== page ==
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Trade marks: How much do you really need to protect?

As the Star Control legal battle extends to alien race names, Harbottle & Lewis' Kostya Lobov offers advice on striking a balance

One of the questions emerging in the wake of the recent dispute over the rights in the Star Control games is the extent to which makers of games should seek trade mark protection. Is it enough to register the name of the game, or should you go further? If so, where do you draw the line?

To answer that, we need to look at the purpose of trade marks. Fair warning: this is a complicated topic which cannot be dealt with fully within the confines of an article, so what follows are some headline thoughts from a UK/EU-level perspective.

kostya

Kostya Lobov, Harbottle & Lewis

At its most basic, a trade mark is a sign which is used distinguish the goods or services of one business from those of another - known as an identifier of commercial origin.

The significance of this concept is twofold. Firstly, a registered trade mark has to be used as an identifier of commercial origin in order to maintain the registration. Put differently, the trade mark must be something that consumers rely on to identify who makes the product or service in question. If a trade mark is not used in this way for five or more consecutive years, it can be challenged by third parties for non-use and potentially revoked. This is a way of making sure that the register is not littered with marks which are not (or are no longer) in active use. In some countries, a trade mark registration does not become effective until the mark actually put to use in the course of trade.

Secondly, the owner of a registered trade mark can only enforce that mark against uses which are likely to affect the functions of that mark. Use of that mark may not be infringing if it is purely descriptive in nature, or if it is not being used to identify the commercial origin of a relevant product or service. For example, a registration for the name of a character for, say, "entertainment services" in class 41 may not be enough to prevent a third party from having a character with the same name in their game, unless that name is being used in a trade mark sense - i.e. to identify the commercial origin of the game itself. By contrast, if a third party were to use the character name as the title of their game, it would probably infringe the trade mark.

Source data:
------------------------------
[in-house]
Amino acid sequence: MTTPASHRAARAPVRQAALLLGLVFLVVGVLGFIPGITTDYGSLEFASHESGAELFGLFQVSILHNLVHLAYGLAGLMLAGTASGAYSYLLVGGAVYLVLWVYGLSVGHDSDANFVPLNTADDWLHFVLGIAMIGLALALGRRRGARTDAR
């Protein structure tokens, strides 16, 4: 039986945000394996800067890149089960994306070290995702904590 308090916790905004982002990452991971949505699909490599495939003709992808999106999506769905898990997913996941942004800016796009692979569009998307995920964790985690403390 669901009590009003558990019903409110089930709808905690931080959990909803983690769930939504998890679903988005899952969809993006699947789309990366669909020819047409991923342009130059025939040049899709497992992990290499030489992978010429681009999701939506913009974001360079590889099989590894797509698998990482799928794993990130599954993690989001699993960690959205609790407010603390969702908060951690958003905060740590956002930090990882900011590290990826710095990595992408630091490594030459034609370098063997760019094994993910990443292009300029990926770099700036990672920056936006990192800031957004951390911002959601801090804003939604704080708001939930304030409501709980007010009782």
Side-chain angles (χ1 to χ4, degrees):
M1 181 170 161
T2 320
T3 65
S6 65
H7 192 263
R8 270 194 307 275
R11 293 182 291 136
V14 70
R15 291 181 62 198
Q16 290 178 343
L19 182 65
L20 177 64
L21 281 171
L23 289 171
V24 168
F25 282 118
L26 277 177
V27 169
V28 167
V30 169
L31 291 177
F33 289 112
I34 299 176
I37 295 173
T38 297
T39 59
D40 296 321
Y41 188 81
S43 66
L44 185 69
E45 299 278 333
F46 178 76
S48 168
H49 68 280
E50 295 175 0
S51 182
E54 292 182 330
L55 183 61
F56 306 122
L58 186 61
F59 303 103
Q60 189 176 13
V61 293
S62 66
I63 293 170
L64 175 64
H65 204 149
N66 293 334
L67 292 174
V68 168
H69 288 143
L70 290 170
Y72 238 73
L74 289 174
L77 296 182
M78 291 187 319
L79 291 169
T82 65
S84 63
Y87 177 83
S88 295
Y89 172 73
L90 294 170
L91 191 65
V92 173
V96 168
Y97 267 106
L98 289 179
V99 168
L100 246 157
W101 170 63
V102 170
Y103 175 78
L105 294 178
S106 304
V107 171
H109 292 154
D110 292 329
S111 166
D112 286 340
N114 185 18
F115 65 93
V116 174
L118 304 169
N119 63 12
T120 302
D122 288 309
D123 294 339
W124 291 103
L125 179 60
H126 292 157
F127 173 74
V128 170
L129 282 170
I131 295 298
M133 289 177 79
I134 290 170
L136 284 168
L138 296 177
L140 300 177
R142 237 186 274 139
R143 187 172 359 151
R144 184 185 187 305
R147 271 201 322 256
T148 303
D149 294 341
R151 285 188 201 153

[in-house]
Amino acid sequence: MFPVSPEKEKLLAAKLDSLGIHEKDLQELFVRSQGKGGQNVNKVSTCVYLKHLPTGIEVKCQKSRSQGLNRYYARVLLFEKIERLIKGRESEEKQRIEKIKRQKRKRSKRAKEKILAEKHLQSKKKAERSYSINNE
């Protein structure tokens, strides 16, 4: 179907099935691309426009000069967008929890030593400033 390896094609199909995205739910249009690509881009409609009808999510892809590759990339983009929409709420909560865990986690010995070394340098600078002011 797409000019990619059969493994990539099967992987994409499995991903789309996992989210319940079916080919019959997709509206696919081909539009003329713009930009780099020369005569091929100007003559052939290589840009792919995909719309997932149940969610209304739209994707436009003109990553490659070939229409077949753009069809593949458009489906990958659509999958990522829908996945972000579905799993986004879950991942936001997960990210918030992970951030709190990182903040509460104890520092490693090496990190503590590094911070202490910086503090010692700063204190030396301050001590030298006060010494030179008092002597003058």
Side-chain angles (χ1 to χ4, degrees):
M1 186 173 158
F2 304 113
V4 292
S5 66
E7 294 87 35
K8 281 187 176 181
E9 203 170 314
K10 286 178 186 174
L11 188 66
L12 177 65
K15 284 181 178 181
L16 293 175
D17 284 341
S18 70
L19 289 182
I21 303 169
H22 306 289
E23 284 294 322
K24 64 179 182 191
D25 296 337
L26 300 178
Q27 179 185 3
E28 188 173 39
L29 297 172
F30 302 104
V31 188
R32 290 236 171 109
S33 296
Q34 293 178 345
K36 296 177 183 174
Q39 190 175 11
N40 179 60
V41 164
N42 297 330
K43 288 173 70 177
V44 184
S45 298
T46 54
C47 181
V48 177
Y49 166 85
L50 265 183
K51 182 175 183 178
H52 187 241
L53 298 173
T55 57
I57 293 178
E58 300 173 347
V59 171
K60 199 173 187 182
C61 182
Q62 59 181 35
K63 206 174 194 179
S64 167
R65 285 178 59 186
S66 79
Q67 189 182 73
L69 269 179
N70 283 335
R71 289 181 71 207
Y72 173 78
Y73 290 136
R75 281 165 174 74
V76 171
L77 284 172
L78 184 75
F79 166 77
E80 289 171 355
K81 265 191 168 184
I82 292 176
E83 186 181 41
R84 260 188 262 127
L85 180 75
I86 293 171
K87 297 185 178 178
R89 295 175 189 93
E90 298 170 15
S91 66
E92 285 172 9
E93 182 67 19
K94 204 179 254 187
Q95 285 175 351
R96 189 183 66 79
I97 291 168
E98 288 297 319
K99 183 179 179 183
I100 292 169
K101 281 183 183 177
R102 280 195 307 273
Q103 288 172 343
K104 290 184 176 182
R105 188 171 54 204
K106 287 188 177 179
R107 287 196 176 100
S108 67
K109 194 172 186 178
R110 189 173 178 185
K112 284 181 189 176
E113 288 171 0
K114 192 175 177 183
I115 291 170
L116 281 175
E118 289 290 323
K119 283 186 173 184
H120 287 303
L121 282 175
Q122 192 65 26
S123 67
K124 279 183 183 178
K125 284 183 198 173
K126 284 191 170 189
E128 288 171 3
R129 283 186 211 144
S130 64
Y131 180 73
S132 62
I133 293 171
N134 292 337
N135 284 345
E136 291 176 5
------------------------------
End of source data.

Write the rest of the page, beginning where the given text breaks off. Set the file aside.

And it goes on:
A registered trade mark gives the owner a qualified monopoly, by allowing them to prevent others from using a similar sign in respect of similar goods or services, where that use gives rise to a likelihood of confusion (where an identical mark is used in respect of identical goods or services, there is no requirement to demonstrate a likelihood of confusion). Whilst each situation would need to be considered on its facts, in practice this means that have multiple trade mark registrations for different variations of spellings, plurals or capitalisations of the same word are usually unnecessary. Similarly, a registration for a word in plain text will normally be enough to cover use of that word in a stylised form, or as domain name with various extensions (such as .com, .biz etc).

Prioritisation

When it comes to developing a trade mark filing strategy, there is no 'one size fits all' approach. An appropriate strategy is a function of several factors, including the nature of the game, commercial intentions, the competitive landscape, and budget. The key is finding a balance which is right for the game and commercial objectives of rights owner. Too few filings may not provide adequate protection; whereas too many could be financially and administratively burdensome and, ultimately, unnecessary.

"Too few filings may not provide adequate protection; whereas too many could be financially and administratively burdensome and, ultimately, unnecessary."